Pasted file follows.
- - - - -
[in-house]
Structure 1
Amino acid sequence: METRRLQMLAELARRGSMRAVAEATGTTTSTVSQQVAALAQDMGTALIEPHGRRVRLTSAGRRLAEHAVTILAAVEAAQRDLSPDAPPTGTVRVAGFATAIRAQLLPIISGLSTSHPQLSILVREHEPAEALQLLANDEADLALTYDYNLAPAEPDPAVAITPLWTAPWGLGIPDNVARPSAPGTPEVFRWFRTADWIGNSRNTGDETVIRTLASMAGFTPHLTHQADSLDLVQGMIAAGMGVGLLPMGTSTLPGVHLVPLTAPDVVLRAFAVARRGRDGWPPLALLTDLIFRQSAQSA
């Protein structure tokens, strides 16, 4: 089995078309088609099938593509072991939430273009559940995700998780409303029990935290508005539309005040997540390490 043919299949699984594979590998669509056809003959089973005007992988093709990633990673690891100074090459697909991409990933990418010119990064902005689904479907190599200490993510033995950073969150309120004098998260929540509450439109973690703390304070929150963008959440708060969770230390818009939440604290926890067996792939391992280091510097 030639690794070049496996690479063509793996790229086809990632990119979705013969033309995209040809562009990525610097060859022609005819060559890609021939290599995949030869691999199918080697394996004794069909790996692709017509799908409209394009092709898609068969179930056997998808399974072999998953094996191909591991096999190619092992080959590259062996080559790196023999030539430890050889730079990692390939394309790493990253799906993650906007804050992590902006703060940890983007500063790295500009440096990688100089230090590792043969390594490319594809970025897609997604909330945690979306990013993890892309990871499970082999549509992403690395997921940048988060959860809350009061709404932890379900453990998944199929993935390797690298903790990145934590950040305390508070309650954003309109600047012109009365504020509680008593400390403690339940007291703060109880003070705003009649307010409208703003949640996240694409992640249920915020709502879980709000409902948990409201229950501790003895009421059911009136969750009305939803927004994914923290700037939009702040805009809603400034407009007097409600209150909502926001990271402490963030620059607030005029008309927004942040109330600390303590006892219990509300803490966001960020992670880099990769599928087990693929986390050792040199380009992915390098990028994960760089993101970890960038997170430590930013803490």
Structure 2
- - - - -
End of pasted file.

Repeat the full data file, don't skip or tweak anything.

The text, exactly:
[in-house]
Structure 1
Amino acid sequence: METRRLQMLAELARRGSMRAVAEATGTTTSTVSQQVAALAQDMGTALIEPHGRRVRLTSAGRRLAEHAVTILAAVEAAQRDLSPDAPPTGTVRVAGFATAIRAQLLPIISGLSTSHPQLSILVREHEPAEALQLLANDEADLALTYDYNLAPAEPDPAVAITPLWTAPWGLGIPDNVARPSAPGTPEVFRWFRTADWIGNSRNTGDETVIRTLASMAGFTPHLTHQADSLDLVQGMIAAGMGVGLLPMGTSTLPGVHLVPLTAPDVVLRAFAVARRGRDGWPPLALLTDLIFRQSAQSA
């Protein structure tokens, strides 16, 4: 089995078309088609099938593509072991939430273009559940995700998780409303029990935290508005539309005040997540390490 043919299949699984594979590998669509056809003959089973005007992988093709990633990673690891100074090459697909991409990933990418010119990064902005689904479907190599200490993510033995950073969150309120004098998260929540509450439109973690703390304070929150963008959440708060969770230390818009939440604290926890067996792939391992280091510097 030639690794070049496996690479063509793996790229086809990632990119979705013969033309995209040809562009990525610097060859022609005819060559890609021939290599995949030869691999199918080697394996004794069909790996692709017509799908409209394009092709898609068969179930056997998808399974072999998953094996191909591991096999190619092992080959590259062996080559790196023999030539430890050889730079990692390939394309790493990253799906993650906007804050992590902006703060940890983007500063790295500009440096990688100089230090590792043969390594490319594809970025897609997604909330945690979306990013993890892309990871499970082999549509992403690395997921940048988060959860809350009061709404932890379900453990998944199929993935390797690298903790990145934590950040305390508070309650954003309109600047012109009365504020509680008593400390403690339940007291703060109880003070705003009649307010409208703003949640996240694409992640249920915020709502879980709000409902948990409201229950501790003895009421059911009136969750009305939803927004994914923290700037939009702040805009809603400034407009007097409600209150909502926001990271402490963030620059607030005029008309927004942040109330600390303590006892219990509300803490966001960020992670880099990769599928087990693929986390050792040199380009992915390098990028994960760089993101970890960038997170430590930013803490």
Structure 2